Cross-Platform Storytelling: Tell a story that
begins with a web page you build and ends with a
link to the starting point. Your story may be fiction or nonfiction. Traverse at least three platforms in between, leveraging the strengths of each to help
your reader visualize the story.
Read the short story selections here. Choose
one short story and set the text using HTML and
CSS (JS optional) so that the reader will not only be able to read the story but also experience your interpretation of the story. Use the visual language
of the web—hypertext, responsive design, forms,
color, divs—to express the meaning of your
Complete your in class activity: creating a case
study for your partner’s Stories as Networks project for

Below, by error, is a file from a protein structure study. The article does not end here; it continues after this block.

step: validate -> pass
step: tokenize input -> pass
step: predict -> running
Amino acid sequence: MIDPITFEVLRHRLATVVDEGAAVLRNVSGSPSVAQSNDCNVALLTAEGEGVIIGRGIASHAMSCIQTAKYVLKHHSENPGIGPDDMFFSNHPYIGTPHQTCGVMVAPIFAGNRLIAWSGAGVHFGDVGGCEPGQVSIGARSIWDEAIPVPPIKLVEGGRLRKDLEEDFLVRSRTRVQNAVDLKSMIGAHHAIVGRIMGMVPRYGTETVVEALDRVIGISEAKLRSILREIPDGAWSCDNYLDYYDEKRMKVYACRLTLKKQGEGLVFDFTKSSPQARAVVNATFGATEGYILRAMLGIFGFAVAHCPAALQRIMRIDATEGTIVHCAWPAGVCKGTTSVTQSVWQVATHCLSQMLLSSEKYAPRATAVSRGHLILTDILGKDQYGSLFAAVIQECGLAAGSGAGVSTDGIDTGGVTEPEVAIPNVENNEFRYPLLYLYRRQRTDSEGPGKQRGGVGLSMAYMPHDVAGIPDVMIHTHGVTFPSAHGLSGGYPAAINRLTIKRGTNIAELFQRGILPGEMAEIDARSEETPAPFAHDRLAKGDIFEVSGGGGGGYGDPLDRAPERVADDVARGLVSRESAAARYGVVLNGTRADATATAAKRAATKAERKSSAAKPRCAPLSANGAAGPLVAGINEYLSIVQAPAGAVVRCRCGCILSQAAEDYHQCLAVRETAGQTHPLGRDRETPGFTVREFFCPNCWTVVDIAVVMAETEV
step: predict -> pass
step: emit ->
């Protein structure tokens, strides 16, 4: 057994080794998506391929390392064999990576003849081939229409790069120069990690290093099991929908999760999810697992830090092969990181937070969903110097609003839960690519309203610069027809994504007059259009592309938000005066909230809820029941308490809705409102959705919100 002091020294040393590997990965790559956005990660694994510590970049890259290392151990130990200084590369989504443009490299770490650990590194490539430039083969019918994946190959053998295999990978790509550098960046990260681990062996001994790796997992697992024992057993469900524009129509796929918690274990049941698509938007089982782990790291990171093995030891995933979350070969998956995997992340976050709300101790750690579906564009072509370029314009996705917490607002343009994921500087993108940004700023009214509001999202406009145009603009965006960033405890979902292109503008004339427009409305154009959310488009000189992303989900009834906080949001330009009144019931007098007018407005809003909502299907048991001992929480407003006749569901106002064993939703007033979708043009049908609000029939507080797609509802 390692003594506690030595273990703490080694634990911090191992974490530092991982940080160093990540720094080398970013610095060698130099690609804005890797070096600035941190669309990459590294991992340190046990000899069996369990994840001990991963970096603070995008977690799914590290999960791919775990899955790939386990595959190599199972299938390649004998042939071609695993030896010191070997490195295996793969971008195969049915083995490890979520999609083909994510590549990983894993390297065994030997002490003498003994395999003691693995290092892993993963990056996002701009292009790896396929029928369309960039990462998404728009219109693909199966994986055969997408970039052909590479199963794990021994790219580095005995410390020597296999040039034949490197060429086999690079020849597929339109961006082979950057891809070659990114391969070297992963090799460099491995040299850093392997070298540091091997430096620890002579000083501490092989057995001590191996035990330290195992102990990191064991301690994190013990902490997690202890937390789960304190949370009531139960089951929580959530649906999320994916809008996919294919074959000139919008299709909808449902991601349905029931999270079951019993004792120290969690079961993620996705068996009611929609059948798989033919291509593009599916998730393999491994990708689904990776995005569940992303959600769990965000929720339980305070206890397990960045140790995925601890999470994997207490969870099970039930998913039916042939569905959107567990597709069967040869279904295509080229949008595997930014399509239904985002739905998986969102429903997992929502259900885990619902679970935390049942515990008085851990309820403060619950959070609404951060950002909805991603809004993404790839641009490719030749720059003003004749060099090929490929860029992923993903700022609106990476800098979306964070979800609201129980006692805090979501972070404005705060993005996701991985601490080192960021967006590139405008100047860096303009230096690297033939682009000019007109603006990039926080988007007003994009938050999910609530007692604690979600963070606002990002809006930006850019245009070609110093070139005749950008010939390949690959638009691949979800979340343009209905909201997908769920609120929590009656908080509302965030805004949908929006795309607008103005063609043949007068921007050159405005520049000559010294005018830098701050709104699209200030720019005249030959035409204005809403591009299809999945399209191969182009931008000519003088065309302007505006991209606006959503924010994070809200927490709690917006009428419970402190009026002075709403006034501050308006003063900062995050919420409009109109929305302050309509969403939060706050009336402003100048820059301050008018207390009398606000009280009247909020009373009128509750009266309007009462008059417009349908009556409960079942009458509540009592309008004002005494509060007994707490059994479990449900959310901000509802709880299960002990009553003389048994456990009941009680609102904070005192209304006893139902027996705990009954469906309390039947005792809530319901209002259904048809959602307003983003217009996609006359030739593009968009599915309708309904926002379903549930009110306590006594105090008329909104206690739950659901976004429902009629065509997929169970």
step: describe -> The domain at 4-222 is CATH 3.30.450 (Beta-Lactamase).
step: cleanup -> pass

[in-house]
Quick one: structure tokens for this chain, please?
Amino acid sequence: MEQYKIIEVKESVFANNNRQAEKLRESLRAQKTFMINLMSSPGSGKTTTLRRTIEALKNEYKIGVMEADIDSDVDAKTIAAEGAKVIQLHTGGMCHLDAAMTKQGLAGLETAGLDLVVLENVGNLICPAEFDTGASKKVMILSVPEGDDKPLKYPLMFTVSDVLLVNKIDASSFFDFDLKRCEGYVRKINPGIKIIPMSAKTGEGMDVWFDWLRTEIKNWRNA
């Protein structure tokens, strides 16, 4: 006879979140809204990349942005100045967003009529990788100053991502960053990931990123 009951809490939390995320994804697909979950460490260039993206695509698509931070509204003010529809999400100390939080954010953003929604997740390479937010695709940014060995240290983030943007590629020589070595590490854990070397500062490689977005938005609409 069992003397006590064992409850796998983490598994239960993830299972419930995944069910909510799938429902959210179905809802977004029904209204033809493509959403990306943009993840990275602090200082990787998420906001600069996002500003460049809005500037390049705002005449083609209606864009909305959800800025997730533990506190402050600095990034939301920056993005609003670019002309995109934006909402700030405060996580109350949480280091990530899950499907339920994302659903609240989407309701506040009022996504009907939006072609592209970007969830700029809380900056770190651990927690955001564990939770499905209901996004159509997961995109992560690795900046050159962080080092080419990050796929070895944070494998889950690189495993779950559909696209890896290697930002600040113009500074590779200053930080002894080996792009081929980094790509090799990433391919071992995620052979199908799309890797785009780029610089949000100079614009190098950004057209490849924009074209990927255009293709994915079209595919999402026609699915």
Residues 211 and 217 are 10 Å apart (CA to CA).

Thursday. We will look at them as a class.
For this project, we’ll make use of Airtable’s API
to design and build a website to contain and display
your peer’s content. Keep in mind that you’re not
designing a fixed, unchanging website: you’re
designing a system that can expand or contract
to show this collection as it changes. Always think
about WHAT you want to do and WHY, and then HOW.
Create a set of rules which lead your website to generate contents and form by audience’s input. You use HTML, CSS and JS to make the website. What is your idea and how does it connect to your rule? Who is your audience and how do they interact on the web? Is your idea presented in the final typography and form? In this project, we’ll explore the boundaries of what a tool can be when it is made on the web. It is very important that you test and try to use the tool you make. Ask as many people as possible to play with it. It will help you improve the tool.